A quarter of cancer patients at the University Hospitals of Morecambe Bay NHS Foundation Trust say they do not feel they have been kept fully informed about whether their treatment is working.
Patients aged 16 and over, who underwent cancer-related treatment with the trust between April and June 2017, were asked about their care as part of this year’s National Cancer Patient Experience Survey.
The survey, which is carried out annually by Quality Health on behalf of NHS England, monitors patients’ impressions of their diagnosis, treatment, and aftercare.
It showed experiences of cancer patients across England were “generally very positive”, with patients giving an average rating of 8.8 out of ten for their overall care.
For Morecambe Bay , this figure was 8.97, an improvement on the previous year.
However, the results raised concerns about the level of information provided while patients were having treatment.
Some 75% of patients at the University Hospitals of Morecambe Bay NHS Foundation Trust answered ‘yes, completely’ when asked if they had been given enough information in terms they could understand about how their radiotherapy or chemotherapy was going.
The rest answered ‘yes, to some extent’ or ‘no’, which were both counted as negative responses.
The results were worse for patients having radiotherapy than for those undergoing chemotherapy - just 70% of the former said they had enough information, compared to 76% of the latter.
On average, 35% of patients in England said they had not had enough information.
Dr Jeanette Dickson, vice president of clinical oncology at The Royal College of Radiologists, said cancer specialists worked in high-pressure environments, and that giving ongoing updates to patients during their treatment could be very complicated.
She continued: “Many cancer treatments are not straightforward and response to therapy is not immediately able to be assessed as patients would wish.
“While patients are being treated with modern chemotherapy and radiotherapy they are in a fast-moving situation where progress might seem to stall and then change quickly, and the impact of treatments is not always clear every step of the way, especially as we try novel drugs that act in new ways.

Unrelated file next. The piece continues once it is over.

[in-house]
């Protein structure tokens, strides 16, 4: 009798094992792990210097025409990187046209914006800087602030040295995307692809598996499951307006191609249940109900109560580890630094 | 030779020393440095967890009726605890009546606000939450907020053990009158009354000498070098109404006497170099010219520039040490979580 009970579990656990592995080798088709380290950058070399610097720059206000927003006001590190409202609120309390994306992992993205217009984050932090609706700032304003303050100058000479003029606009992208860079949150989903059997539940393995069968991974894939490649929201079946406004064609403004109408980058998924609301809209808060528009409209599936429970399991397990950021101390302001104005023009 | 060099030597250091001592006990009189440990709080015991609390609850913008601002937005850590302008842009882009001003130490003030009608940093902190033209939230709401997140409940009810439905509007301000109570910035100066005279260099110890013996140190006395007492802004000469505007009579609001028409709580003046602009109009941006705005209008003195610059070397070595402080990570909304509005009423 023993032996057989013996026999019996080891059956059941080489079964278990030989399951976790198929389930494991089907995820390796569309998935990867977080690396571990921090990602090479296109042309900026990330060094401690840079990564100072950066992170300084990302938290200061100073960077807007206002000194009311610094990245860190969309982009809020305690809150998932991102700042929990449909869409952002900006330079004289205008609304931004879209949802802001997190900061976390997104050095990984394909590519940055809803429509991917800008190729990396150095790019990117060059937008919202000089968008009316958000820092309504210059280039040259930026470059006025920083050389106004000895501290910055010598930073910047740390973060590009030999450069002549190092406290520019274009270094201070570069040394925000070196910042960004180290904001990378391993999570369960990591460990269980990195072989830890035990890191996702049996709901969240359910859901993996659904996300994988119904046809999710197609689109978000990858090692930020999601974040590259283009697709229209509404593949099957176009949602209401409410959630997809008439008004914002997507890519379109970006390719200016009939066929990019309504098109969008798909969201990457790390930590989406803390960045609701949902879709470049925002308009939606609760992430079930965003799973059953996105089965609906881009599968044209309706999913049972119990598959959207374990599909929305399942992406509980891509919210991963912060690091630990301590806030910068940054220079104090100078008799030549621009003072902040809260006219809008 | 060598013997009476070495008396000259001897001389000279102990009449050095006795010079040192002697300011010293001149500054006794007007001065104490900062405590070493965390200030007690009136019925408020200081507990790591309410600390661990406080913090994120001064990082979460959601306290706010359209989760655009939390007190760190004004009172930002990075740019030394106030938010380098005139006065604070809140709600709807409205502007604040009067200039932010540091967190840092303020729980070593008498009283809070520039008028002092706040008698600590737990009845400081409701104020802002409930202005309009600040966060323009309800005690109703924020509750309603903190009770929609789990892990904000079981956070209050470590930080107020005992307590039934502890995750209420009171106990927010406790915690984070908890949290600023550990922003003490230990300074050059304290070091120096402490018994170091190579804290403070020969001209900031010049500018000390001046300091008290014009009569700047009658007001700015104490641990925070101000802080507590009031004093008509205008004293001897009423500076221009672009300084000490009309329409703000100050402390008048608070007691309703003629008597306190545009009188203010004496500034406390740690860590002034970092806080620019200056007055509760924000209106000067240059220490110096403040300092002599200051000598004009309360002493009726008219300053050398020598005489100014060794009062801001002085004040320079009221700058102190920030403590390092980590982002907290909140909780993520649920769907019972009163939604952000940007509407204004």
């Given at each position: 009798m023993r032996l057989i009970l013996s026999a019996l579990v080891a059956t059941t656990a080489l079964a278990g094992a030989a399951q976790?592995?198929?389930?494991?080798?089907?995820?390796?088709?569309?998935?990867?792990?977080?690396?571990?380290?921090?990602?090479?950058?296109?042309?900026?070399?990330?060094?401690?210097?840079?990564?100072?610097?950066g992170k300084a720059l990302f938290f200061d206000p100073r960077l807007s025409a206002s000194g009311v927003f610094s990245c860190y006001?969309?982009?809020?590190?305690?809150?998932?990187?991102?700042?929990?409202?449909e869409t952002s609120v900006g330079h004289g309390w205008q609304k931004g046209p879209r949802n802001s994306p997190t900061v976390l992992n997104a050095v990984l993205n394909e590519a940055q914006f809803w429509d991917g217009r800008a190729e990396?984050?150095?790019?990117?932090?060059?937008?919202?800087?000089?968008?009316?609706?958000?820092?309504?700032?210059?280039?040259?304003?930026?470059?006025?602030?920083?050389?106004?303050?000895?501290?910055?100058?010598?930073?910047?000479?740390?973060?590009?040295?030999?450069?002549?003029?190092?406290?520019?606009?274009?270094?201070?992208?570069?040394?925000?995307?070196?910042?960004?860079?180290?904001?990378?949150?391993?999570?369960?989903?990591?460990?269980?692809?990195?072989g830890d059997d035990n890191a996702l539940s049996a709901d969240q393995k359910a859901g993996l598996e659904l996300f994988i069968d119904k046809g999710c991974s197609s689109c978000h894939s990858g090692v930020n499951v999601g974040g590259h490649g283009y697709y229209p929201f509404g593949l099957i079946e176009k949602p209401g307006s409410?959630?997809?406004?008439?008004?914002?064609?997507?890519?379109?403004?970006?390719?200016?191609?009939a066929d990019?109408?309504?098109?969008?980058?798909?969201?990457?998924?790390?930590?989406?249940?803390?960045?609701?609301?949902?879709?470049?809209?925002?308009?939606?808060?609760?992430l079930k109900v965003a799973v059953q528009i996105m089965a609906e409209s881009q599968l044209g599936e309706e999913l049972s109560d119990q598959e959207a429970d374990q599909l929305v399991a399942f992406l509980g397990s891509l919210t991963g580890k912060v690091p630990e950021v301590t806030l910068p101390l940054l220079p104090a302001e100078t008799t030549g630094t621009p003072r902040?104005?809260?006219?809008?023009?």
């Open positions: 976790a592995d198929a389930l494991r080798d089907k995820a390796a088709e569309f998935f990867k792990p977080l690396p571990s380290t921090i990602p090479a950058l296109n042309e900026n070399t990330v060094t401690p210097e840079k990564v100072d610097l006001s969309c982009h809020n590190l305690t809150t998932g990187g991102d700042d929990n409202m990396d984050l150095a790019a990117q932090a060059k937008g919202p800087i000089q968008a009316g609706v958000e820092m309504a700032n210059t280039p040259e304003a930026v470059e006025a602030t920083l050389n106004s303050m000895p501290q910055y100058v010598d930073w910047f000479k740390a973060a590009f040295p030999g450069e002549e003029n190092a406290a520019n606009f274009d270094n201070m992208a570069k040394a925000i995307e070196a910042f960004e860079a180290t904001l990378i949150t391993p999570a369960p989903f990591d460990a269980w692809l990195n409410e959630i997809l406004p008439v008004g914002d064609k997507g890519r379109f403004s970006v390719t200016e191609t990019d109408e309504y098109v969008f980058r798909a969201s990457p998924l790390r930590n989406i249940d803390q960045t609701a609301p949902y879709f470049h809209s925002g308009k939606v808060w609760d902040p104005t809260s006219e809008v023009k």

“Doctors are aware of this, but perhaps need to acknowledge this uncertainty more often in view of this survey.
“Ultimately, the survey results remind us that cancer patients are in a vulnerable situation, and oncologists need to be continually assessing all their patients’ needs every time they have a consultation or a meeting.”
The only England-wide figure that saw a drop in this year’s survey concerned support provided by GPs.
Four in ten patients said they didn’t think staff at their local practice had done everything they could to support them while they were going through treatment, or that they had only done so to some extent.
In Morecambe Bay , 38% of patients said the same.
Across England, some of the lowest scores were seen in patients’ experiences of health and social services - such as home visits by nurses and physiotherapy.
Only 57% of the patients surveyed for Morecambe Bay said they had enough support from health and social services during their treatment.
For support provided after treatment had ended, this dropped to 47%.
Cancer Support UK, which provides practical and emotional help for people with cancer, said the survey showed post-treatment support options needed to be “urgently addressed”.
Chief executive Gemma Holding said: “Inequalities in health and well-being provision across the UK mean that some patients - based on where they live - have better access to, and receive higher quality health care than others.
“We know that when people’s official treatment ends, rather than feeling better, this is often when people can feel at their worst.
“However, once physical treatment ends, cancer patients are often discharged with no support to manage the ongoing emotional challenges.
“Psychological support for people with cancer is essential to recovery, during and after treatment.”